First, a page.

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According to statistics, 12.2% (over 5.3 million) of adults with a mental illness remain uninsured
WARIWCK, RI 11and 47.7% of adults in Rhode Island with a mental illness received no treatment (Mental Health in America - Access to Care Data, 2016). There is a lack of psychiatrists in the area with an undersized mental health staff, lack of treatment types and centers sometimes leaving patients in the emergency departments for more than 48-72 hours waiting for a mental health bed placement, and lack of communication between primary health and mental health providers (Mental Health in America - Access to Care Data, 2016). Rhode Island ranks 6thin the country for unmet needs of those with mental health disorders, accounting for 17% of individuals who have mental health conditions having unmet needs (Mental Health in America - Access to Care Data, 2016). This is second on the prioritization list because it is a more focused group. It effects a great number of individuals but is focused on one particular group. Also, at this time because ofthe number of individuals suffering from substance abuse and mental illness there is a huge push towards changing how we treat these patients.Lastly, is access to primary health care. In my opinion this is the top priority in this community and across many communities nationwide. Having access to primary health care can actual encompass the two other community-based problems stated above on top of having many other community benefits. It afford early recognition and treatment of diseases which leads to better outcomes. In todays’ society managing chronic diseases and preventive medicine are two of the most important takes that public health nurses could endure (Stanhope & Lancaster, 2014).“A 2010 survey by the American Hospital Association revealed that more than 50% of surveyed urban and teaching hospitals had ERs that were “at” or “over” capacity” (Barish, McGauly, & Arnold, 2012). With a rising number of patients being seen in acute care hospitals related to uncontrolled chronic conditions and the increasing costs of a hospital stay, if we could better manage chronic illnesses before they have an exacerbation, we could greatly reduce the cost of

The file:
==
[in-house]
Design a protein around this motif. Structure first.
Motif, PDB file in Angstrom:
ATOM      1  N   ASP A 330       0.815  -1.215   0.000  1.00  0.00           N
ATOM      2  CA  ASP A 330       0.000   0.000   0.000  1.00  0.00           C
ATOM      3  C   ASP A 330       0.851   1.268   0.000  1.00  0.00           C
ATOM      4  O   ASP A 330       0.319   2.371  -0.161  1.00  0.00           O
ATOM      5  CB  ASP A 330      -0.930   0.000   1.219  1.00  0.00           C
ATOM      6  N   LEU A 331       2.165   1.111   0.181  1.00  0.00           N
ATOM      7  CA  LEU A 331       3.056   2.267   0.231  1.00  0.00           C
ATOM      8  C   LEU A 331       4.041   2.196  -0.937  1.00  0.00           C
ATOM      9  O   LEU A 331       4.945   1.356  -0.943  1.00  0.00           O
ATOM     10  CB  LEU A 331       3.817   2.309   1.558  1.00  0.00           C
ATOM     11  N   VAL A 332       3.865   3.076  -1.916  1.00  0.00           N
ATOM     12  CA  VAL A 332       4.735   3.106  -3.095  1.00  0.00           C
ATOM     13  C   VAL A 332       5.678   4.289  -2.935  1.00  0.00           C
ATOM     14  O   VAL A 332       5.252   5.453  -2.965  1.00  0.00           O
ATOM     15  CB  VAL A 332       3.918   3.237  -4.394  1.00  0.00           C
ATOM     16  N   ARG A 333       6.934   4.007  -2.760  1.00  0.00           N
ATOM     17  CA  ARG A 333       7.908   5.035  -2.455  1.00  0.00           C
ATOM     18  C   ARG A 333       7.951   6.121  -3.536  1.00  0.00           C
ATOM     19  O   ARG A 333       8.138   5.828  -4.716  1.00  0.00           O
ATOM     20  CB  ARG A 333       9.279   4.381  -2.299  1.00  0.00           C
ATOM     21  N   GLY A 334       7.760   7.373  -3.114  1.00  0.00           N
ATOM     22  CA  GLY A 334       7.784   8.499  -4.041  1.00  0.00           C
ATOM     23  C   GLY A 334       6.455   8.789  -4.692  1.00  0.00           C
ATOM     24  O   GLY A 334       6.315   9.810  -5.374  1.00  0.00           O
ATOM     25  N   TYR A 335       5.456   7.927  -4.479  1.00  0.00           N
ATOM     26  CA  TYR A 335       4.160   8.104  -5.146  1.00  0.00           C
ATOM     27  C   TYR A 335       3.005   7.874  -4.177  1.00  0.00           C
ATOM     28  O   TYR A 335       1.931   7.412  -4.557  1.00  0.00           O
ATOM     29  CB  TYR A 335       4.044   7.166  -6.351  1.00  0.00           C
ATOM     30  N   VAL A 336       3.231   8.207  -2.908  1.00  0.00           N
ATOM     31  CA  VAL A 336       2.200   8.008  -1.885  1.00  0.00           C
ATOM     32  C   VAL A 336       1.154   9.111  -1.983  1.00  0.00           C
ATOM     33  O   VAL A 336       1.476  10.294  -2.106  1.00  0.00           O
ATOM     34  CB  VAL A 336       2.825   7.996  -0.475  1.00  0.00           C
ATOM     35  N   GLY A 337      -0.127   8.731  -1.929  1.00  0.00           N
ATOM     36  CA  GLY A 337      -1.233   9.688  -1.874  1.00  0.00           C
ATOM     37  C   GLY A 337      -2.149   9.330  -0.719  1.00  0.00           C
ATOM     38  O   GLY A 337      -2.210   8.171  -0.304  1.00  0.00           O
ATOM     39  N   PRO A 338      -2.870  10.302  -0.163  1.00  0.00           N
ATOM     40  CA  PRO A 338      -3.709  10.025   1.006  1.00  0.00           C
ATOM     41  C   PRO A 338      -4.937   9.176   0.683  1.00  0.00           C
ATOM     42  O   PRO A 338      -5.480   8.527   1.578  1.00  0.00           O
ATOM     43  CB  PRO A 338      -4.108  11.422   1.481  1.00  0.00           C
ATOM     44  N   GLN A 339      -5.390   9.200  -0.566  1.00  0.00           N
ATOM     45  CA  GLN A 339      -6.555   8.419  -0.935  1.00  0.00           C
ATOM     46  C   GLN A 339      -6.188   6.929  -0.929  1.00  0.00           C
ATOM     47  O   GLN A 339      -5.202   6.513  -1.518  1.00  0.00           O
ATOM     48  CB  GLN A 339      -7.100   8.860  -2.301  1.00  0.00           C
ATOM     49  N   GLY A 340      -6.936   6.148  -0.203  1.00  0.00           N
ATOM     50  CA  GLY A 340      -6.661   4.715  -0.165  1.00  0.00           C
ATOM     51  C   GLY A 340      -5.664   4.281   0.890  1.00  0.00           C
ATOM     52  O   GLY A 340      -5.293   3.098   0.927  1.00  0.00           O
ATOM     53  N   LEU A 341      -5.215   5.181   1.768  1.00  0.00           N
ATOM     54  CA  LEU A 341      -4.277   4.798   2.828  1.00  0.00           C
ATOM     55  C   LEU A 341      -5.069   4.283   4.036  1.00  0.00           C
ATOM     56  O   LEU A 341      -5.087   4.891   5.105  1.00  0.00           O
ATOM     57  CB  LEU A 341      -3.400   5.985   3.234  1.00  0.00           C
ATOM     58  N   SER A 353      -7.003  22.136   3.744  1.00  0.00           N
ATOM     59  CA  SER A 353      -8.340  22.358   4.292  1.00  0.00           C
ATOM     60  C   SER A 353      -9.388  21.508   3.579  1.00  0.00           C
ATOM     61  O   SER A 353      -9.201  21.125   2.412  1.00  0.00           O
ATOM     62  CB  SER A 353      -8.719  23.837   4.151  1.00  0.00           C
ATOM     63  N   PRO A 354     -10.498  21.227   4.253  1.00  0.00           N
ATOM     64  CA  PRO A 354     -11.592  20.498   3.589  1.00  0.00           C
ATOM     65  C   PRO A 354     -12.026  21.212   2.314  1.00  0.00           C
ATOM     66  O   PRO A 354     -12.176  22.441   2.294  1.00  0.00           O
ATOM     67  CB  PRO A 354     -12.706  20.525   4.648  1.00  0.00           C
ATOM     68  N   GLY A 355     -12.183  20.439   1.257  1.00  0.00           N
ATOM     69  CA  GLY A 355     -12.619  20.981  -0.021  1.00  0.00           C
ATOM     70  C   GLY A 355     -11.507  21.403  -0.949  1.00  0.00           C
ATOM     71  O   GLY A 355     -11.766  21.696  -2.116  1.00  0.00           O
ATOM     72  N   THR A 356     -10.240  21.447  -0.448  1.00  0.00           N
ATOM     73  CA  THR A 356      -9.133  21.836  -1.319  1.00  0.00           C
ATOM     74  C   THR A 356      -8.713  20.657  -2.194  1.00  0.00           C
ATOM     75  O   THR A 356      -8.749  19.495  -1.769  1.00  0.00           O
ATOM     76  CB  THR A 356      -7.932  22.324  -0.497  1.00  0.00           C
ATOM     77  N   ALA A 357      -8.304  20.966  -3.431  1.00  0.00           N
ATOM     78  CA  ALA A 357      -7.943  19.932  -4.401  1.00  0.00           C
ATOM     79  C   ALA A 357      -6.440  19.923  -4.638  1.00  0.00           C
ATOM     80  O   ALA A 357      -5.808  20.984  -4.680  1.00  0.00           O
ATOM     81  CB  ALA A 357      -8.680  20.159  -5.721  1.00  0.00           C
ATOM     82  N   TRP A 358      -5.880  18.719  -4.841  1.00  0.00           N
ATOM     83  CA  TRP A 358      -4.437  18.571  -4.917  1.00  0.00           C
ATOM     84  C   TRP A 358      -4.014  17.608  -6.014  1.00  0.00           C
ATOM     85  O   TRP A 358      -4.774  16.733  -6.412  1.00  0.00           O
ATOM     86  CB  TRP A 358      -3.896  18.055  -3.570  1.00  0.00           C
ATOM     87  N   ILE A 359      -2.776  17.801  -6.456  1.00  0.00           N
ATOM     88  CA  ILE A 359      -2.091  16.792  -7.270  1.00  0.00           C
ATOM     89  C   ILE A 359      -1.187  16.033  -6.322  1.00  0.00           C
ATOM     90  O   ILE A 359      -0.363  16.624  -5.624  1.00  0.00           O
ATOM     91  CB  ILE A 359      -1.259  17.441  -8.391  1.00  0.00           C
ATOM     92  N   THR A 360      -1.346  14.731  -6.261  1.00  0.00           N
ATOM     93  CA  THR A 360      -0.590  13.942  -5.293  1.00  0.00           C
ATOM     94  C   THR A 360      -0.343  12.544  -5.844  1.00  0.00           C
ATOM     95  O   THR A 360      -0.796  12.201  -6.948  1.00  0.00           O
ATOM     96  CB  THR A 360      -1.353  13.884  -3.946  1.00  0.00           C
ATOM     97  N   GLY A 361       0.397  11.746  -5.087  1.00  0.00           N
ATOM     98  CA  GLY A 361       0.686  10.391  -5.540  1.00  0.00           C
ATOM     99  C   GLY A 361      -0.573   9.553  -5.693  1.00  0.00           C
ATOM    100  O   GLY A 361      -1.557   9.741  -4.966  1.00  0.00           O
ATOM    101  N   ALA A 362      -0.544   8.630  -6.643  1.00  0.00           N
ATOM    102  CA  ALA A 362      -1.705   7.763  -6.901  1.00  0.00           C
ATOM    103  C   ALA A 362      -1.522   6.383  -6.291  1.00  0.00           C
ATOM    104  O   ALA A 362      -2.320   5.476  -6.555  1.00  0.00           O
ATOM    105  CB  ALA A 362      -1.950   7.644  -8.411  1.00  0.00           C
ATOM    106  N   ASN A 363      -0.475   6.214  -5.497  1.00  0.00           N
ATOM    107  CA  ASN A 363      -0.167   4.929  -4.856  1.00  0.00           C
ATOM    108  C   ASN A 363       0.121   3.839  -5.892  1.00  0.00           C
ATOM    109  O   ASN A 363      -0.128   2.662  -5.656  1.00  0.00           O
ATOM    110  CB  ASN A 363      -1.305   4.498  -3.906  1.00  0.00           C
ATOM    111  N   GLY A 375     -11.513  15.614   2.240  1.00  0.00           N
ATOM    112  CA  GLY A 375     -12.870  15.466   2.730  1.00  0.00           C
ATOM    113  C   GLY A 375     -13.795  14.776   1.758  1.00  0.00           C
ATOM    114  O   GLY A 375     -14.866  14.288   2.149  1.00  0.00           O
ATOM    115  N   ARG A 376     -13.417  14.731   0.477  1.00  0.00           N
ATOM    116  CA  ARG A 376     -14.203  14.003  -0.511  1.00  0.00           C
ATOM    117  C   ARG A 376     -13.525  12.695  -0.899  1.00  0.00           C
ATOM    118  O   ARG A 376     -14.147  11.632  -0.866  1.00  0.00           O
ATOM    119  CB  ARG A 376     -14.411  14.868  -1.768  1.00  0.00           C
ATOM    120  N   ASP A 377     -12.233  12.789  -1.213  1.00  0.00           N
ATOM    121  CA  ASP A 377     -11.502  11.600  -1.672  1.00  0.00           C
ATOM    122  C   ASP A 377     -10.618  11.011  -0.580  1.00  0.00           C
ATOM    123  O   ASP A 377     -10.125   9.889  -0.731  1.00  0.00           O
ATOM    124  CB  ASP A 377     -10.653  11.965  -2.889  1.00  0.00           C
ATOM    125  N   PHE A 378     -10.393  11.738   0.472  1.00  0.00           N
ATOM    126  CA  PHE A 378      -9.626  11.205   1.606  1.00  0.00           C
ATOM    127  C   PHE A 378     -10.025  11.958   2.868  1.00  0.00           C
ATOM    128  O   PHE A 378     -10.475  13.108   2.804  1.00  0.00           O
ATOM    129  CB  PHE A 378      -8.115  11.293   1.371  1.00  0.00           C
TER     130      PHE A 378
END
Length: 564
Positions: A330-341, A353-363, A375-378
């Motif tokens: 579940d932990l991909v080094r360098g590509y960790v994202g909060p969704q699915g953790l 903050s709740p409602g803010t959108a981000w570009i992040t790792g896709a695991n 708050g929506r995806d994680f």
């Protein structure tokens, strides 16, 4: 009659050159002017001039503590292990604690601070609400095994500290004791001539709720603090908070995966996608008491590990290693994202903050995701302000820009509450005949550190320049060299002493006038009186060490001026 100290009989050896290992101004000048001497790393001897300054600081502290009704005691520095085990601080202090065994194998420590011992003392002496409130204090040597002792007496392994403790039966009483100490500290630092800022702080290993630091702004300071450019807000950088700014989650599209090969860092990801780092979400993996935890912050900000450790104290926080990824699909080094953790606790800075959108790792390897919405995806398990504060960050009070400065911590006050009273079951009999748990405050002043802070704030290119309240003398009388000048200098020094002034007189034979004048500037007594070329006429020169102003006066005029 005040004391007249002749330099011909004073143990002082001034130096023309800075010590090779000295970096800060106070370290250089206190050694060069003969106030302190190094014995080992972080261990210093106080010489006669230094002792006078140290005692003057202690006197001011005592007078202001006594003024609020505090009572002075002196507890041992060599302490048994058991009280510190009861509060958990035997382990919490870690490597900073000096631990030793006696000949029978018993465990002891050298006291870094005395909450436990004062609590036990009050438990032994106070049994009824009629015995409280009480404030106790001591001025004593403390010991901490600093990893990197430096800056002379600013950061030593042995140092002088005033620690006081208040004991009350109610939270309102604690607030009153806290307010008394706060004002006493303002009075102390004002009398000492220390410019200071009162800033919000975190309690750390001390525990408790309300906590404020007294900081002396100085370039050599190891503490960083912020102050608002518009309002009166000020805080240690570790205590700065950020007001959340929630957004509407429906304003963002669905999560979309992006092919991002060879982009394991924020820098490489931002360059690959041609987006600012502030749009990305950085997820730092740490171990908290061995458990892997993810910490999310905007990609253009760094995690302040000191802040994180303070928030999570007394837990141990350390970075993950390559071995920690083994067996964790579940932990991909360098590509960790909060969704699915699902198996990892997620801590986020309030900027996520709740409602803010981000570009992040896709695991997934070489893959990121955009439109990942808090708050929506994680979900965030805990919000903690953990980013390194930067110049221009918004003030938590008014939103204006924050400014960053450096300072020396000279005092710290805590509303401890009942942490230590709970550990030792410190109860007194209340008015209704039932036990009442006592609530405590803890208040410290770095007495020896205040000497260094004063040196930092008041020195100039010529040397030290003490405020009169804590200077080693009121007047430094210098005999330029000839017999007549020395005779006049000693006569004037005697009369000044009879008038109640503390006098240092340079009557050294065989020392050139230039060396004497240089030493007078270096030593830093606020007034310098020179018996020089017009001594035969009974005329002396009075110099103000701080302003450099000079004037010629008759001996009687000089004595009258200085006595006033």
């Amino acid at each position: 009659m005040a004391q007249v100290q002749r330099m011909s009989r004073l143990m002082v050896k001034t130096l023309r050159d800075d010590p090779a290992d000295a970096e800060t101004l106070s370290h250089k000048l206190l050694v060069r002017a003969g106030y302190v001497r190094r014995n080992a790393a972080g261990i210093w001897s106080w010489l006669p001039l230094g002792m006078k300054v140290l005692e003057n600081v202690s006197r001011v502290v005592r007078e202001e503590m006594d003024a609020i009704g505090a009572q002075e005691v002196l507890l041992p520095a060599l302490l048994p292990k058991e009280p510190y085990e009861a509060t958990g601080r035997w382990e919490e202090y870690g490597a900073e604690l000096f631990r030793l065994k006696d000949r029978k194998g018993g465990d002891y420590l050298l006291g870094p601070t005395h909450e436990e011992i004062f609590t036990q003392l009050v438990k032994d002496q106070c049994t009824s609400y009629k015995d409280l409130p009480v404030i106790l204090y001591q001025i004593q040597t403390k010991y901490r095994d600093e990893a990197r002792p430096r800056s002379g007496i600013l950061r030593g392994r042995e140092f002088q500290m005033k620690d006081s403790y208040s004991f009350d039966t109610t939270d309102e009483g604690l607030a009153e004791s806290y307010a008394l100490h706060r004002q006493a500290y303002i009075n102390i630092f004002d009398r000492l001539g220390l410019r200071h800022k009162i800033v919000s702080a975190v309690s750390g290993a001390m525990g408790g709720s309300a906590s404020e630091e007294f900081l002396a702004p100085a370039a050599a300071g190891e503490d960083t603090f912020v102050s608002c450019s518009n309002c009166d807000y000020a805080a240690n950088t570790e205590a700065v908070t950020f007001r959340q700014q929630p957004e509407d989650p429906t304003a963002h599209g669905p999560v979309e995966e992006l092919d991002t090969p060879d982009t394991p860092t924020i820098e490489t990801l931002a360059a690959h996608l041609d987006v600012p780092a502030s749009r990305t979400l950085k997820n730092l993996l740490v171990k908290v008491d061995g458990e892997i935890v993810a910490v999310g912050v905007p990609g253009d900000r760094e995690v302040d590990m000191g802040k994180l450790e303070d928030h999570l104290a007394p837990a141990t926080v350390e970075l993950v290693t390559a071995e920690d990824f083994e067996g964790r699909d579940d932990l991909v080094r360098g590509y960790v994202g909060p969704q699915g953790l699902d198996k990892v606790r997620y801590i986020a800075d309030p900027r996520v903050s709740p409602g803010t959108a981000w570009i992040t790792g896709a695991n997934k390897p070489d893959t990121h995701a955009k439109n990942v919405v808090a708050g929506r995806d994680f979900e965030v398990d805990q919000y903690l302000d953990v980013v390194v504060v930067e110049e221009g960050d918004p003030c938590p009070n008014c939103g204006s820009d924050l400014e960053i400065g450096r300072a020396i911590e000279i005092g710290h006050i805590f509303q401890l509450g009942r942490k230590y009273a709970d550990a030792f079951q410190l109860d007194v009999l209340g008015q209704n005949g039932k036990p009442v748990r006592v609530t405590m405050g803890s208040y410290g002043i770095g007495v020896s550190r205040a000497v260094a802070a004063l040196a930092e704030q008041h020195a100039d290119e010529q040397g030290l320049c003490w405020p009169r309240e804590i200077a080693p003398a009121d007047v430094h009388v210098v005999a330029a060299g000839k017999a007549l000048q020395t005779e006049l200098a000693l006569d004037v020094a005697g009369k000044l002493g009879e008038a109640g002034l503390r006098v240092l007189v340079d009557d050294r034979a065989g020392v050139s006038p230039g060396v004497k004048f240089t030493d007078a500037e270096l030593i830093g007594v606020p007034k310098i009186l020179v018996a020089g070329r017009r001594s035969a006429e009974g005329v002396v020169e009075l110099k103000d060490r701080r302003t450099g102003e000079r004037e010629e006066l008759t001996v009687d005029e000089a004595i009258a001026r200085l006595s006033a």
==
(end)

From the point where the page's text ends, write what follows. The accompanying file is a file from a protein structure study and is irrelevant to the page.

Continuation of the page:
WARIWCK, RI 12health care (Stanhope & Lancaster, 2014). Preventive medicine is key to controlling the overwhelming costs of health care (Stanhope & Lancaster, 2014). It costs more to treat illness then it does to prevent it (Stanhope & Lancaster, 2014). More than 60% of rural emergency roomvisits are being made by low-income individuals who do not have access to primary care medicine (Barish, McGauly, & Arnold, 2012). Preventing illnesses and exacerbation of chronic diseases takes a great deal of education, resources, and time by our public health nurses (Stanhope & Lancaster, 2014). They must identify vulnerable populations, identify what health issues are most apparent in the area in which they are working, and how to help the individuals in this population have access to the health care that they need (Stanhope & Lancaster, 2014).